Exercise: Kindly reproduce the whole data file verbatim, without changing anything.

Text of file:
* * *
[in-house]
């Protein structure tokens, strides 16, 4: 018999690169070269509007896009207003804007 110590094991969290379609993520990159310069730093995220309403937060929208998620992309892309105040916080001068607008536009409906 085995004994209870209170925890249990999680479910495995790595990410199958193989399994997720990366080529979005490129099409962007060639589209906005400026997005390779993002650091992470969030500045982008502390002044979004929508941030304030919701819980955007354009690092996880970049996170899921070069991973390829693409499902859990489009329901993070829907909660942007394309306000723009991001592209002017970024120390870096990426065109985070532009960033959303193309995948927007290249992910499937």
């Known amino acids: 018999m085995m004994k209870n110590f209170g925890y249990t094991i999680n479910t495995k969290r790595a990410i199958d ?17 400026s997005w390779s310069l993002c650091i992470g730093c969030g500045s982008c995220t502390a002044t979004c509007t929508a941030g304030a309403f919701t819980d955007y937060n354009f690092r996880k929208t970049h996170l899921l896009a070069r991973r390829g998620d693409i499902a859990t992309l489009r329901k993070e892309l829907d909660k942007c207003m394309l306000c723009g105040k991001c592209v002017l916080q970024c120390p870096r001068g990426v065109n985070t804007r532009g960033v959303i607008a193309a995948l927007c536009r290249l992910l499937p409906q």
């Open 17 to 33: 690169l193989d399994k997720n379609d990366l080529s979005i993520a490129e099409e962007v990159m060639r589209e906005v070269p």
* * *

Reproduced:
[in-house]
């Protein structure tokens, strides 16, 4: 018999690169070269509007896009207003804007 110590094991969290379609993520990159310069730093995220309403937060929208998620992309892309105040916080001068607008536009409906 085995004994209870209170925890249990999680479910495995790595990410199958193989399994997720990366080529979005490129099409962007060639589209906005400026997005390779993002650091992470969030500045982008502390002044979004929508941030304030919701819980955007354009690092996880970049996170899921070069991973390829693409499902859990489009329901993070829907909660942007394309306000723009991001592209002017970024120390870096990426065109985070532009960033959303193309995948927007290249992910499937």
């Known amino acids: 018999m085995m004994k209870n110590f209170g925890y249990t094991i999680n479910t495995k969290r790595a990410i199958d ?17 400026s997005w390779s310069l993002c650091i992470g730093c969030g500045s982008c995220t502390a002044t979004c509007t929508a941030g304030a309403f919701t819980d955007y937060n354009f690092r996880k929208t970049h996170l899921l896009a070069r991973r390829g998620d693409i499902a859990t992309l489009r329901k993070e892309l829907d909660k942007c207003m394309l306000c723009g105040k991001c592209v002017l916080q970024c120390p870096r001068g990426v065109n985070t804007r532009g960033v959303i607008a193309a995948l927007c536009r290249l992910l499937p409906q």
């Open 17 to 33: 690169l193989d399994k997720n379609d990366l080529s979005i993520a490129e099409e962007v990159m060639r589209e906005v070269p």